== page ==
Fairbanks Daily News-Miner: Pending defense priorities include addressing Alaska's soldier suicide problem

A bill poised for a vote in the U.S. Senate soon calls for unspecified special duty pay, or “Arctic Pay,” for military service in Alaska and authorizes $99 million for a physical fitness annex at Fort Wainwright.

The legislation is aimed at setting national defense priorities for the federal fiscal year that started Oct. 1 and also authorizes up to $150 million for acquisition of a commercially-available icebreaker for the U.S. Coast Guard.

The National Defense Authorization Act passed the U.S. House of Representatives in a 350-80 vote last week with Congresswoman Mary Peltola, D-Alaska, voting yes.

On Monday, U.S. Senators discussed the bill during floor proceedings but did not vote on it.

The bill reflects potential for roughly $80 billion more in defense spending compared with what was authorized for the current year.

The rate of Arctic Pay for soldiers stationed in Alaska has yet to be determined, according to Josh Wilson, interim communications director for Peltola.

A 4.6% pay increase for military troops, the largest department-wide raise in 20 years, would take effect on Jan. 1 if the legislation is signed into law.

“This bill authorizes $847.3 billion in discretionary spending for national defense for FY 2023 and makes significant quality of life improvements for our service members and their families,” reads a statement from Peltola. “I’m especially pleased that it included assistance that will directly benefit Alaska military families.”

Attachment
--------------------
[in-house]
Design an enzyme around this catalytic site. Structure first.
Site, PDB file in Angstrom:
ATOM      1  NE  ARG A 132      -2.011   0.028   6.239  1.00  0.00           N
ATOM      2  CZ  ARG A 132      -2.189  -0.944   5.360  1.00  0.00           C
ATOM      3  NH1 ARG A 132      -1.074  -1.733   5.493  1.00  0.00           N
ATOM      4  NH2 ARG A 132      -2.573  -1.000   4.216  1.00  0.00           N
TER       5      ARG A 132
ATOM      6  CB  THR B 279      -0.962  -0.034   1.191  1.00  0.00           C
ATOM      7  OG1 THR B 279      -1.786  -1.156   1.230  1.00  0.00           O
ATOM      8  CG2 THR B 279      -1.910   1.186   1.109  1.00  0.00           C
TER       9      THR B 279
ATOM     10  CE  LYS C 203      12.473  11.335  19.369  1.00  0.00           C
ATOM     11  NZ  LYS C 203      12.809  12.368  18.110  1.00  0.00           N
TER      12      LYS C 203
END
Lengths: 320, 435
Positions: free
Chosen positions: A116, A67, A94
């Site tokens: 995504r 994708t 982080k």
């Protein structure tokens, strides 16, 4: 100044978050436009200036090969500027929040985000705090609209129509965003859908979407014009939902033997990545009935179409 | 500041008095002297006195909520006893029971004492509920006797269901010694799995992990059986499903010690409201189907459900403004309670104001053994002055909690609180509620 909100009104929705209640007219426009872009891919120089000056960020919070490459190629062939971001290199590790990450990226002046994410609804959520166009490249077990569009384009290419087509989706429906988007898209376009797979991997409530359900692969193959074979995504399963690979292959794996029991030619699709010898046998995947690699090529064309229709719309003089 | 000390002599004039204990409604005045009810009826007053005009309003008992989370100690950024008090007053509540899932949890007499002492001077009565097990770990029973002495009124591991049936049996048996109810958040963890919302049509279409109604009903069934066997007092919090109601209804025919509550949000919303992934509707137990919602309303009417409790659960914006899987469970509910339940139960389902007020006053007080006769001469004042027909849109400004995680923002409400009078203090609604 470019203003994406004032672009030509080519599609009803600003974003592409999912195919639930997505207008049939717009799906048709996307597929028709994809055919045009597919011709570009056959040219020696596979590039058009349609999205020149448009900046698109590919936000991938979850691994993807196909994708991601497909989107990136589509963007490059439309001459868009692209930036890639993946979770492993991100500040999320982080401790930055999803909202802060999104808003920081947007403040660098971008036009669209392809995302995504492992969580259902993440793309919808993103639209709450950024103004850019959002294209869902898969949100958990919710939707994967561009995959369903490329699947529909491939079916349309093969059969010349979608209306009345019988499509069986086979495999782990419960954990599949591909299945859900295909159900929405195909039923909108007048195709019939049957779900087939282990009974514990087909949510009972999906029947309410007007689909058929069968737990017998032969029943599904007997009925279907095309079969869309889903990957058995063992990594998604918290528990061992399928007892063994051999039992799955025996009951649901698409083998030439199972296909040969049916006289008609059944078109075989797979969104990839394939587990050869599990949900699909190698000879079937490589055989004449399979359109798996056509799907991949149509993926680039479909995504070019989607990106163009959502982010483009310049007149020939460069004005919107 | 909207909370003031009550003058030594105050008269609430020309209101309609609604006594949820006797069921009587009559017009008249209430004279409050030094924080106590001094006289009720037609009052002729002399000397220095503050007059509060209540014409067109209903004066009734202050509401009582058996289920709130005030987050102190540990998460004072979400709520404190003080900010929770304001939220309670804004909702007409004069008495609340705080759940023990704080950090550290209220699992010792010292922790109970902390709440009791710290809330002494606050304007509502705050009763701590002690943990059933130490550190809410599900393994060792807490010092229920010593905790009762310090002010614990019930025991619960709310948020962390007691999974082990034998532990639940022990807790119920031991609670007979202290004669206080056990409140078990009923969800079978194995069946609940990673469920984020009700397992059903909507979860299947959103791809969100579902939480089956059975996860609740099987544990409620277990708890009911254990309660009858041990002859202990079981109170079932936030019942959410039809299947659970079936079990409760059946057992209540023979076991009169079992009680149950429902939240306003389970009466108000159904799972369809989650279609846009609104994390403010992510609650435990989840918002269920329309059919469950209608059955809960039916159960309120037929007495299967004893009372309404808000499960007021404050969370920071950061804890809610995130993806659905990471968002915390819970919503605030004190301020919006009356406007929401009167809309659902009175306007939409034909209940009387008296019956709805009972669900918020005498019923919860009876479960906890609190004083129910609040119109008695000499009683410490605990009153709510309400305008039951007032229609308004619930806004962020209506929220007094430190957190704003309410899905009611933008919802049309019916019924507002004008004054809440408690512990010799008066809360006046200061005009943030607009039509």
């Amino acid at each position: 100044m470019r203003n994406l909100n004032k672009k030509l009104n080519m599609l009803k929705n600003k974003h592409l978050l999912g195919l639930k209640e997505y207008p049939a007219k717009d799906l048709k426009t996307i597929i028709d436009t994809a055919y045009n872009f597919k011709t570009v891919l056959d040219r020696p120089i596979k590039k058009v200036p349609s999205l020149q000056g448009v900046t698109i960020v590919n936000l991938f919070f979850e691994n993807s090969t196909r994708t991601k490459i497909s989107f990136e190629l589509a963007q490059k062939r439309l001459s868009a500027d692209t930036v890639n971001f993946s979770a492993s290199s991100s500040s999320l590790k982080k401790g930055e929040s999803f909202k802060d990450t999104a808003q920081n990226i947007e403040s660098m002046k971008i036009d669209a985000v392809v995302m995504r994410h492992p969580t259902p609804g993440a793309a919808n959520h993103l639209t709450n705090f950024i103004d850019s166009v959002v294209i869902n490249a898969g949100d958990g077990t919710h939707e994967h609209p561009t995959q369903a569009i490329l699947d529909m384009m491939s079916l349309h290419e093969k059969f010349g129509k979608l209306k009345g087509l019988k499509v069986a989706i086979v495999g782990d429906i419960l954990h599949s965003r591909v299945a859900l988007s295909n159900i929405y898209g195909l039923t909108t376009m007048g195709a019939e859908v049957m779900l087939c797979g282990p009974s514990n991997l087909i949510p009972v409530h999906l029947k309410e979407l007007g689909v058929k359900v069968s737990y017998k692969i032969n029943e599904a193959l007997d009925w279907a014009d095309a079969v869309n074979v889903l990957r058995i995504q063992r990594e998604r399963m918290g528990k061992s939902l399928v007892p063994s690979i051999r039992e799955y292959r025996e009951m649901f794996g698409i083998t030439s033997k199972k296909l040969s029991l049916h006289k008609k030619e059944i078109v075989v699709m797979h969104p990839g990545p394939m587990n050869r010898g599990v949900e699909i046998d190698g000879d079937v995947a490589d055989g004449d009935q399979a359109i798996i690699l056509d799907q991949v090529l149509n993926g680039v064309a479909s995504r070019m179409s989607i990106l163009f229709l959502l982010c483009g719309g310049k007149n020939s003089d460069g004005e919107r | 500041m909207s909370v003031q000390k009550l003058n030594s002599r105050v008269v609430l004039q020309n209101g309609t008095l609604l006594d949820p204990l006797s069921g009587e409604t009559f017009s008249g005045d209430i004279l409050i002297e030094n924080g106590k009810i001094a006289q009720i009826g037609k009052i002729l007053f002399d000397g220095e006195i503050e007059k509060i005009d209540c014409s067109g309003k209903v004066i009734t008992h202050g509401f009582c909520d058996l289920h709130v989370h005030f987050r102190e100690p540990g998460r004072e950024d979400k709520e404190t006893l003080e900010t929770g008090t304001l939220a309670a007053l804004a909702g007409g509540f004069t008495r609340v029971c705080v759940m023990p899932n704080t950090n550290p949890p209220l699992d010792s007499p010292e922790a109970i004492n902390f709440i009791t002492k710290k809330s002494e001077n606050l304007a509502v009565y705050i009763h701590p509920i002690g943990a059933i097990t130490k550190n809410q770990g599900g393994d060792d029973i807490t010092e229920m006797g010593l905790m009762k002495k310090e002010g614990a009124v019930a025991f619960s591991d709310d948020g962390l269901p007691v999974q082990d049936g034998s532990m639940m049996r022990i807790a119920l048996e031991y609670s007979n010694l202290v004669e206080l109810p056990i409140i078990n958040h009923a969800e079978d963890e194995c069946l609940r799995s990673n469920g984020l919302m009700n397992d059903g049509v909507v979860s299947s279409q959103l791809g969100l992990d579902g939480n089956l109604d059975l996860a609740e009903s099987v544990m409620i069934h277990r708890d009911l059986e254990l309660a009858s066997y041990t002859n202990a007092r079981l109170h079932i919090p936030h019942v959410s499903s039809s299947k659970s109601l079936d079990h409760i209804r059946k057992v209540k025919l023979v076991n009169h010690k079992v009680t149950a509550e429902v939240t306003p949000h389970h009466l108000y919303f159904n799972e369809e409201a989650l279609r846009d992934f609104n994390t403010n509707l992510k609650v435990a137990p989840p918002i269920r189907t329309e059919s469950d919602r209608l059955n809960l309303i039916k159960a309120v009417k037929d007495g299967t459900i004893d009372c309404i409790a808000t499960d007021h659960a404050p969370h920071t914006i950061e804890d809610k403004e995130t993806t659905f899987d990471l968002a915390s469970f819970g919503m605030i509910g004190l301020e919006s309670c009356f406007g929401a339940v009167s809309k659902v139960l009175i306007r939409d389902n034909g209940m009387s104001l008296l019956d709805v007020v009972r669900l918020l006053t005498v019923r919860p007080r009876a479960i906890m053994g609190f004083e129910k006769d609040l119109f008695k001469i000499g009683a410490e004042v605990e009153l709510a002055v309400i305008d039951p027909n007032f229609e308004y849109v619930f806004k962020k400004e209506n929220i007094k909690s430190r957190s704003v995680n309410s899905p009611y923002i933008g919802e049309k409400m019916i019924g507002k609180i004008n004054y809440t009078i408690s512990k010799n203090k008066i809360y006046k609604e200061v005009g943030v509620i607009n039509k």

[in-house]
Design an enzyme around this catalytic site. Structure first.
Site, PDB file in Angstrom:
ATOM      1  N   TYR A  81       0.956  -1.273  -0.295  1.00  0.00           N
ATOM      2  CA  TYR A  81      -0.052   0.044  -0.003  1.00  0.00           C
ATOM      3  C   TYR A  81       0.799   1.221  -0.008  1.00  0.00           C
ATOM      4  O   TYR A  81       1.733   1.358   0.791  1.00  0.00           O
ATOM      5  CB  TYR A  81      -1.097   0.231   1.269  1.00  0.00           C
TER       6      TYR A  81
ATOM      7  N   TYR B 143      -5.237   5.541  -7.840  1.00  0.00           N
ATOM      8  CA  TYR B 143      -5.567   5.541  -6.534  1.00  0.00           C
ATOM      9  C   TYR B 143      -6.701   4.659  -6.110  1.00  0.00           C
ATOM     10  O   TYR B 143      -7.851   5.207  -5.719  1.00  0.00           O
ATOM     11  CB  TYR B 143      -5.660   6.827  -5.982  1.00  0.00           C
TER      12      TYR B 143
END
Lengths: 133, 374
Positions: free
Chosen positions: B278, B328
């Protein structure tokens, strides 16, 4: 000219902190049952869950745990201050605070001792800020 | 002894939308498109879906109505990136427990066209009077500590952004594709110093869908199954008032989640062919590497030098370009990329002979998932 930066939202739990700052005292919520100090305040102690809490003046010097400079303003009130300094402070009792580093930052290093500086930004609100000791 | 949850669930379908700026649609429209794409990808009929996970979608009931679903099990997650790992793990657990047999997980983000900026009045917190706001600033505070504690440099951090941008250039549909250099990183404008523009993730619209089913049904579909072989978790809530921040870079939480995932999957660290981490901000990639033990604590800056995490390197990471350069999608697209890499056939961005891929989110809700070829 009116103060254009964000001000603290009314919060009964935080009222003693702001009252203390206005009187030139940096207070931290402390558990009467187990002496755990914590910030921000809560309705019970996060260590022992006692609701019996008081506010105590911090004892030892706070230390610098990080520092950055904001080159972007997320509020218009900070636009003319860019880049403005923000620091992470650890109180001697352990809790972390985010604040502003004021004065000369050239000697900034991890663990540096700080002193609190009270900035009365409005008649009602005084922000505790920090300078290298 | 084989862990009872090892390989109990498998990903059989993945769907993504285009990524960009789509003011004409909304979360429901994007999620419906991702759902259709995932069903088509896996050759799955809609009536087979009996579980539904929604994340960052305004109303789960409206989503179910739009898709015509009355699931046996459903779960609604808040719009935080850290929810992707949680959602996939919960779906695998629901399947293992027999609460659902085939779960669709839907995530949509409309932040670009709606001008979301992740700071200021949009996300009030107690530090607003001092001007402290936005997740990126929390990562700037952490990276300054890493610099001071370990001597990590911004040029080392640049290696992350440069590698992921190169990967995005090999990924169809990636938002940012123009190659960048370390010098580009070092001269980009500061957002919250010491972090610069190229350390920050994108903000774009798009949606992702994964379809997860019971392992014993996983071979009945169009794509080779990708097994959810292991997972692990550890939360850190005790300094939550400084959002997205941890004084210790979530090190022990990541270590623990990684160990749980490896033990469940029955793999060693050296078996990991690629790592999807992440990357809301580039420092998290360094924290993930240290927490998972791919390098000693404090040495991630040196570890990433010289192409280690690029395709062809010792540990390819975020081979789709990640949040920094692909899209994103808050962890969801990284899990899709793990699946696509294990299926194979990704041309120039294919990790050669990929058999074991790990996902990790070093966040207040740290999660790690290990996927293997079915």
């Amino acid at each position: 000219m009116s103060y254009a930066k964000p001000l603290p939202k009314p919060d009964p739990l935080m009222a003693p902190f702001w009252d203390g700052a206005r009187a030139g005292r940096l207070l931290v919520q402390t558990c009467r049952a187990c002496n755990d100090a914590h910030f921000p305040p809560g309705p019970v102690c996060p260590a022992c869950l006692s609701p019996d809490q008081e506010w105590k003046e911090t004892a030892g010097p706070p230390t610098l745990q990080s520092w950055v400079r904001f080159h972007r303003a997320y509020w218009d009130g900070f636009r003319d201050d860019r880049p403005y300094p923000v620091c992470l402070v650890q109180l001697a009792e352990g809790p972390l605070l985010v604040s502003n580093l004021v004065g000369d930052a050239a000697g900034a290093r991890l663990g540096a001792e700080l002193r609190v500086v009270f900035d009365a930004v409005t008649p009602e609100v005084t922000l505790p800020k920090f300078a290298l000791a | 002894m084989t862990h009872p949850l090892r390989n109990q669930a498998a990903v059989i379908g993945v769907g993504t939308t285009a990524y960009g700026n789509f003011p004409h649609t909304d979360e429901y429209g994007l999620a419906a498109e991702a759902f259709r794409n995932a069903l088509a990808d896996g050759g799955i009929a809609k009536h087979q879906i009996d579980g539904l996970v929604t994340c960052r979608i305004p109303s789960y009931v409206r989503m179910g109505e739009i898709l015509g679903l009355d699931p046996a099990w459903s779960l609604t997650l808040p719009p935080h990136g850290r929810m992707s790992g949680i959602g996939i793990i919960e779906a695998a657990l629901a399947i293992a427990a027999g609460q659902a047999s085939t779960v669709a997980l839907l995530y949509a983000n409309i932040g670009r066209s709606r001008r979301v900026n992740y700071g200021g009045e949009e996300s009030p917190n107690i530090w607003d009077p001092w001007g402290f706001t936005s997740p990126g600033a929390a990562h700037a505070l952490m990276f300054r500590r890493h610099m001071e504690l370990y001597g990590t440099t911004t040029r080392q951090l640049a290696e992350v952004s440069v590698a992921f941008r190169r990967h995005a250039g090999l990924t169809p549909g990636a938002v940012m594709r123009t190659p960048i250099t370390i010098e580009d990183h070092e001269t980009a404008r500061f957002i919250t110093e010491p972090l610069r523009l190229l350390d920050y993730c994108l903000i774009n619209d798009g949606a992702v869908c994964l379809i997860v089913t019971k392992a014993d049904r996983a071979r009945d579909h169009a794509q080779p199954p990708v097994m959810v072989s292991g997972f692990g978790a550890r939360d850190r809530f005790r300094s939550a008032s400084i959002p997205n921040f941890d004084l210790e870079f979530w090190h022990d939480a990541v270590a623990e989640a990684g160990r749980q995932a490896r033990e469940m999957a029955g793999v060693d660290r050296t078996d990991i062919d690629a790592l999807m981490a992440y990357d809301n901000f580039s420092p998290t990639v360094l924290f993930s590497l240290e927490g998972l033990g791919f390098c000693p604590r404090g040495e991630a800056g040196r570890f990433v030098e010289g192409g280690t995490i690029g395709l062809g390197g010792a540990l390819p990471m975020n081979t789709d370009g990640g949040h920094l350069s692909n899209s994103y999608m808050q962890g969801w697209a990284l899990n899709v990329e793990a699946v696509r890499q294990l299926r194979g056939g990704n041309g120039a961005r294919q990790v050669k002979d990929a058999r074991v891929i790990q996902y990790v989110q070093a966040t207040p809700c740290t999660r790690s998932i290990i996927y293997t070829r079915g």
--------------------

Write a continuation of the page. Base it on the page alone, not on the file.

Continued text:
Special duty pay is unique and is usually reserved for soldiers in combat zones, or as incentives for high-demand or specialty fields, according to military.com.

The hope is that the special duty pay would boost morale in Alaska. Last year, the Army 11th Airborne Division in Alaska identified 17 deaths by suicide among its ranks. This year, there were six confirmed or suspected suicides of soldiers through mid-November.

The Don Young Warrior Act, sponsored by U.S. Senators Dan Sullivan and Lisa Murkowski, both R-Alaska, is aimed at boosting soldier quality of life in Alaska and includes a free plane ticket home for soldiers ranked E-5 and below, funding for a pilot car-sharing program and retention bonuses for clinical psychologists, social workers and counselors.

Provisions from the Don Young Arctic Warrior Act were included in H.R. 7776, the National Defense Authorization Act for Fiscal Year 2023.

Peltola had requested in letters to the House and Senate Armed Services Committees that provisions from the warrior act be included in the defense authorization act, according to a news release.

By:  Amanda Bohman
Source: Fairbanks Daily News Miner